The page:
| Wednesday, May 22nd, 2013
"Yesterday’s Advisor clarified the role of essential functions. Today’s issue will help you understand how to define and use them, plus some good news—your job descriptions are updated and ready to go with BLR’s SmartJobs program."
In fact, we turned to SmartJobs for the five questions that can help you decide whether a function is an essential function:
1. Does the position exist specifically to perform this function? For example, when a person is hired to proofread legal documents, the ability to proofread is an essential function. Or, for example, a manufacturing company advertises for a “floating” supervisor to substitute when regular supervisors on all three shifts are absent. The only reason this position exists is to have someone who can work on any of the three shifts. Therefore, the ability to work at any time of the day is an essential function.
| Wednesday, May 22nd, 2013
"No, the Americans with Disabilities Act (ADA) does not require employers to prepare or maintain job descriptions. However, without them, it’s going to be very difficult to differentiate essential functions when you face discrimination charges from an applicant with a disability."
If you do have job descriptions, the Equal Employment Opportunity Commission (EEOC) has said that it will review or consider them, as well as other relevant information, when determining essential functions. Therefore, it is important to keep job descriptions current. Claiming later that some function not listed on the description is a task essential to the job is more difficult to prove than if the task is already listed on the description.
| Thursday, February 14th, 2013
"Yesterday’s Advisor covered the first 4 deadly sins of managers; today, Envy, Greed, and Sloth, plus some very good news: your job descriptions are already written and updated."
[Go here for sins 1 to 4 and a bonus sin]
Sin 5. Envy
Envy makes managers do things that aren’t appropriate for the company. For example:
- Empire building. Trying to add more positions that aren’t important for the company to achieve its goals.
- Copycatting. The other department head has a French-speaking assistant; I want a French-speaking assistant. Or, the other department head just reorganized, I’d better reorganize, too.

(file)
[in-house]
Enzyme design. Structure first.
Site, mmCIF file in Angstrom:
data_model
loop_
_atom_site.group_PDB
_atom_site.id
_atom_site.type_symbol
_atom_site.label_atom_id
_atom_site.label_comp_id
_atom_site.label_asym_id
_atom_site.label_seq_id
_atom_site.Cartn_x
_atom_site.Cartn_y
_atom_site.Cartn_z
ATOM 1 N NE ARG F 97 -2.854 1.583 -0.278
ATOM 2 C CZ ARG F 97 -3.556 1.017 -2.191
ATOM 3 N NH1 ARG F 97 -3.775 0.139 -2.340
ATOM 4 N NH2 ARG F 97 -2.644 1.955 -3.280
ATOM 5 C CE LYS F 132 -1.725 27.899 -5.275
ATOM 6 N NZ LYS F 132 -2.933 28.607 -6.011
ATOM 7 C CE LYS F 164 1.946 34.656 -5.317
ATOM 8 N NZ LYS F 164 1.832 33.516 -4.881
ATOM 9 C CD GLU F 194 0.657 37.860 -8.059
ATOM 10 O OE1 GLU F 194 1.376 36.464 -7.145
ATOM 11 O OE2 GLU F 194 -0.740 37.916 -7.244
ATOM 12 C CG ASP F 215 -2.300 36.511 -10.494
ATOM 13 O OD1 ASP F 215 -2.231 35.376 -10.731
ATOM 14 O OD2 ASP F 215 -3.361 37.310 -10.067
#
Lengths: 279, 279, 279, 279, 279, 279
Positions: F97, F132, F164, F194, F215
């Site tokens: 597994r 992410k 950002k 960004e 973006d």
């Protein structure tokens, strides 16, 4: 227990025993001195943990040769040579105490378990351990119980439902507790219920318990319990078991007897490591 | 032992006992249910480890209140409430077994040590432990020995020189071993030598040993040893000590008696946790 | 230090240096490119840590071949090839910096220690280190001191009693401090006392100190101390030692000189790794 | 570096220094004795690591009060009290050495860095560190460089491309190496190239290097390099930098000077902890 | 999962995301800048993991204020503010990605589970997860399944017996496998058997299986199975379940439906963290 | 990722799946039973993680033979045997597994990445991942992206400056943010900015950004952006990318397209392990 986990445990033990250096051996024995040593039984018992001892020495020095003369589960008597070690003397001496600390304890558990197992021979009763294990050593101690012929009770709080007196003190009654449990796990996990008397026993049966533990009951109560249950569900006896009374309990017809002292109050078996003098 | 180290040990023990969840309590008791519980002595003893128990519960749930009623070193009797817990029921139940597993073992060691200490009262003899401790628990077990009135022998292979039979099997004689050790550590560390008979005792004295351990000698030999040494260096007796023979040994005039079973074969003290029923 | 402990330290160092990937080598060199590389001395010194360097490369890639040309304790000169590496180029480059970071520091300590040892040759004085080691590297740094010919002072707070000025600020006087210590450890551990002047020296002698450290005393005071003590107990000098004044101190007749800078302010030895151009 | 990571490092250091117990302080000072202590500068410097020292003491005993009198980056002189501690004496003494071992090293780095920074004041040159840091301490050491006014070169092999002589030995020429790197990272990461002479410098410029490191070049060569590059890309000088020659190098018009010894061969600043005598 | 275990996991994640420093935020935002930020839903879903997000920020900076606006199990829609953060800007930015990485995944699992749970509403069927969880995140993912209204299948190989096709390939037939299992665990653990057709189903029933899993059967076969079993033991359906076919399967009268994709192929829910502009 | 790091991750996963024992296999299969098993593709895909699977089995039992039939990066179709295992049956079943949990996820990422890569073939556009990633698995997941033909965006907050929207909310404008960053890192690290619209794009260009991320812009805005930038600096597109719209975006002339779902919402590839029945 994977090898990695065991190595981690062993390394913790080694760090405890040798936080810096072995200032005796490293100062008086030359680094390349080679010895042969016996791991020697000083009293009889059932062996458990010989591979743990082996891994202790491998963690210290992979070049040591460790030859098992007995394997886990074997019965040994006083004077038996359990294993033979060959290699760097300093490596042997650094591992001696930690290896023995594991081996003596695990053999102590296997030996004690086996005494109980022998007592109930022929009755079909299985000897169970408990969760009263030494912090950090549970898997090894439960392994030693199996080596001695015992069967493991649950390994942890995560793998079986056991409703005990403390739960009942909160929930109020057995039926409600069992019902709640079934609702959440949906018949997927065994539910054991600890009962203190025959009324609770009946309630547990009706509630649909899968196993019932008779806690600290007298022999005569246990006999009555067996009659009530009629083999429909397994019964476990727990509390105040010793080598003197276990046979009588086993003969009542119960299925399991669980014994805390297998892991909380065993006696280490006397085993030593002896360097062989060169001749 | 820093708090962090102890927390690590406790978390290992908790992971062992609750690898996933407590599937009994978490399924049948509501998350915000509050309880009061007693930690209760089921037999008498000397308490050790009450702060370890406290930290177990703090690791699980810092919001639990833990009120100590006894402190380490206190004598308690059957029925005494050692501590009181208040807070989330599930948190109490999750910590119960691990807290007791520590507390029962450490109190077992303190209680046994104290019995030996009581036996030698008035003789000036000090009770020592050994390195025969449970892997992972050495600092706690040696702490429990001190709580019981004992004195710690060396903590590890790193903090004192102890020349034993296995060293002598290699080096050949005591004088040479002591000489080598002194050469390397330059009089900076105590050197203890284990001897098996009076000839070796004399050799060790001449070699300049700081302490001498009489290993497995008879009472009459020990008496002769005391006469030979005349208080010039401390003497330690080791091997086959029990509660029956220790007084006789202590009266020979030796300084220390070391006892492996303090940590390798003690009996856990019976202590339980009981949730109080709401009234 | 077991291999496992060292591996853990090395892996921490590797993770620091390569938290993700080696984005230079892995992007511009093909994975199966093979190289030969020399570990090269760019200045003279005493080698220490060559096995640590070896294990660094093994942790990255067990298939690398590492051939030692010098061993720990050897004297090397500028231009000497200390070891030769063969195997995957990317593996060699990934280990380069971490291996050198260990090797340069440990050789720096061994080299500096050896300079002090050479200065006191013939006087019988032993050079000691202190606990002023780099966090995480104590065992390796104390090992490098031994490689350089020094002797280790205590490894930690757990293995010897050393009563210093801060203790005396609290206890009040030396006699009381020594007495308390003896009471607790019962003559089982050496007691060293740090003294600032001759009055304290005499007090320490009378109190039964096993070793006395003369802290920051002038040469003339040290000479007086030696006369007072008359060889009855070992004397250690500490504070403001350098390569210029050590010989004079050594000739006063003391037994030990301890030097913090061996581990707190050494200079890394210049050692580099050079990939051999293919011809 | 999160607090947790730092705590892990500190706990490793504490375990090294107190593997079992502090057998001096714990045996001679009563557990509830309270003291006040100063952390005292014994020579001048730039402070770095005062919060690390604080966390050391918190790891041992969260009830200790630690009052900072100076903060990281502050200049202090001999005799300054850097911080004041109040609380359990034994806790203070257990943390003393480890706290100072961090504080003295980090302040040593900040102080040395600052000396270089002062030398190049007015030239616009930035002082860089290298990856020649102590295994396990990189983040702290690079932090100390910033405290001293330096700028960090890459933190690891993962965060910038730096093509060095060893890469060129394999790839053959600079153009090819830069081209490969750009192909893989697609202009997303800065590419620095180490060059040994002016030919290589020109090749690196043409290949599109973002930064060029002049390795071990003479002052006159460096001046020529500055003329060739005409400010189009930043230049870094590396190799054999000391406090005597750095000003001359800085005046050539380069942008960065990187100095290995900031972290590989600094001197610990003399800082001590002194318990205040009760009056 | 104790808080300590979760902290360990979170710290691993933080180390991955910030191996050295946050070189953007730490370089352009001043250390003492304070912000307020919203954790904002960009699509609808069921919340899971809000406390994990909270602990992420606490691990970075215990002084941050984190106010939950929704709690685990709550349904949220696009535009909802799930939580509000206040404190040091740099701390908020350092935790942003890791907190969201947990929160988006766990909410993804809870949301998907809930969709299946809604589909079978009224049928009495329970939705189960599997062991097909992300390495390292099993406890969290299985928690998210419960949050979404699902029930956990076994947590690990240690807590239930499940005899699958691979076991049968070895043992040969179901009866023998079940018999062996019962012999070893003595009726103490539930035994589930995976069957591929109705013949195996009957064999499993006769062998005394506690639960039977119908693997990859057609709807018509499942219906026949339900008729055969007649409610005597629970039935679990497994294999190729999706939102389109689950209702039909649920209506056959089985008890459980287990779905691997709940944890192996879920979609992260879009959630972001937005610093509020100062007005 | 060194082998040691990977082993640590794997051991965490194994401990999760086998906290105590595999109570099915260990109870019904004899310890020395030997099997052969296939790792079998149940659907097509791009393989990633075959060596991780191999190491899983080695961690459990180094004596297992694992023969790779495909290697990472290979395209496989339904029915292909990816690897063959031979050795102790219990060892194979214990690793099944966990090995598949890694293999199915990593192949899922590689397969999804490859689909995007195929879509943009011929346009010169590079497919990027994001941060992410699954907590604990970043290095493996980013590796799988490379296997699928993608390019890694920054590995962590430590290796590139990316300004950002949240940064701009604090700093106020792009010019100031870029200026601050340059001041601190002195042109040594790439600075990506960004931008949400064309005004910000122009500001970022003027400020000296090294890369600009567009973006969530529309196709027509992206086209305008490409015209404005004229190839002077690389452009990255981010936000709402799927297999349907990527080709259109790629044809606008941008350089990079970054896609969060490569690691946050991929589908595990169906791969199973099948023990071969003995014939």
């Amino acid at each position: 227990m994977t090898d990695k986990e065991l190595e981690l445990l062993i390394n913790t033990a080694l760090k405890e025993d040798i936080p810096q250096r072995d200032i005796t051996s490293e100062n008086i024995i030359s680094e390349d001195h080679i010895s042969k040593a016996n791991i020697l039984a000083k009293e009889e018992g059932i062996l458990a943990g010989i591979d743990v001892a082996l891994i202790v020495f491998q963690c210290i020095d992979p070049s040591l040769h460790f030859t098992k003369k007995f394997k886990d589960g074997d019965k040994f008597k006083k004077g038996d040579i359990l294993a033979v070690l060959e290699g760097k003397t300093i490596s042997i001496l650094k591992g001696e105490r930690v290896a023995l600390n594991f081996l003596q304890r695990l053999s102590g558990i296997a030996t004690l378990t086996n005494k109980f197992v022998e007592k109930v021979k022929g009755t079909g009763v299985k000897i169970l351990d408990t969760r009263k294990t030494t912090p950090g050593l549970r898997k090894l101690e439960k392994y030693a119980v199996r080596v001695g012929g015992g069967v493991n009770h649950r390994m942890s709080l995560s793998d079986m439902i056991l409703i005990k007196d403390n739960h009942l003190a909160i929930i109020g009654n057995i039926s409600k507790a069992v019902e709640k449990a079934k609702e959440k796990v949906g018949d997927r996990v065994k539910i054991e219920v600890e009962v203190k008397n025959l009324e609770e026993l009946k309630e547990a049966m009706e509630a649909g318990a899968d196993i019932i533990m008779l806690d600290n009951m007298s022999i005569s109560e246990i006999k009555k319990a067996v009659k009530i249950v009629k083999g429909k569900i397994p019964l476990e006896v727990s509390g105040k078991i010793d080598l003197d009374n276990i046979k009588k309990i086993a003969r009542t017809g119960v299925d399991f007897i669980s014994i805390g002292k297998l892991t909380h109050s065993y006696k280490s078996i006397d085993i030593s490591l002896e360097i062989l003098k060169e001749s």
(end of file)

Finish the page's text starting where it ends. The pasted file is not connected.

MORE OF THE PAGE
| Wednesday, December 19th, 2012
"Yesterday’s Advisor covered consultant Deborah Lifshey’s top ten Dodd-Frank requirements; today, the “Say on” obligations, plus a solution to the most basic challenge in comp—job descriptions."
Lifshey, who is Managing Director at the New York Office of Pearl Meyer & Partners offered her “say on” tips at a recent webinar sponsored by BLR and HR Hero.
Say on Pay requires non-binding advisory vote on compensation of Named Executive Officers. says Lifshey. The requirement is effective for any shareholder meeting occurring after January 21, 2011.
| Thursday, November 8th, 2012
"Yesterday’s Advisor featured consultant Joseph DiMisa’s real-world metrics for incentive pay; today, his take on reps that make more than their managers. Also, sign-on bonuses, plus an introduction to the popular SmartJobs job description system."
Can reps make more than their managers? Yes, it’s fairly common, says DiMisa, and, in most companies, there’s no limit as long as reps are selling the right products to the right customers. A recent survey by Sibson Consulting found the following:
- 19% said reps can make more than the CEO
- 48% said the reps can make more than the head of sales
- 82% of companies said sales reps can make more than their managers!
| Thursday, October 25th, 2012
"Be wary of SPIFs, says consultant Joseph Dimisa, CSCP. They’re like whale watching.—“There’s a whale on the left” and everyone runs to left; “There’s a whale on the right” and everyone runs to the right). Reps start chasing the SPIFs and forget about their base objectives."
SPIFs are also a little like heroin, Dimisa says: The more you get the more you want, and it’s difficult to kick the habit. It’s hard to take the SPIFFs away.
DiMisa is Senior Vice President, Sales Effectiveness Practice Leader for Sibson Consulting, and author of best-selling business book “The Fisherman’s Guide to Selling.”
| Tuesday, October 2nd, 2012
"Yesterday’s Advisor covered several legal issues related to job descriptions; today’s issue features key do’s and don’ts and introduces an extraordinary resource of prewritten job descriptions."
Here are the BLR editors’ do’s and don’ts for worthwhile job descriptions that will really support HR operations.
1. DO give specifics
For example, rather than stating that a maintenance worker "keeps up equipment," it is better to spell out the position’s requirements, which might include performing routine maintenance on assembly machines, including adjusting settings; cleaning and lubricating shafts, gears, and bearings; and dismantling and replacing defective parts, etc.
| Monday, October 1st, 2012
"Can job descriptions prevent lawsuits? Actually, yes, in many ways. Lack of clarity is the basis for many lawsuits—clarity about pay or about the reasons for employment decisions—and many of those suits can be avoided when you start with clearly written, up-to-date job descriptions."
Specifically, how do job descriptions protect against lawsuits and money damages? Here are several ways job descriptions help.
1. Promote Proper Classification
Recent multi-million-dollar lawsuits should be a wake-up call that good old wage-and-hour issues are worth a little attention, and job descriptions are a key factor. When job descriptions have proper detail, they help you reach a correct conclusion about exemptions. (Remember, the title is NOT the determining factor—job duties and responsibilities are.)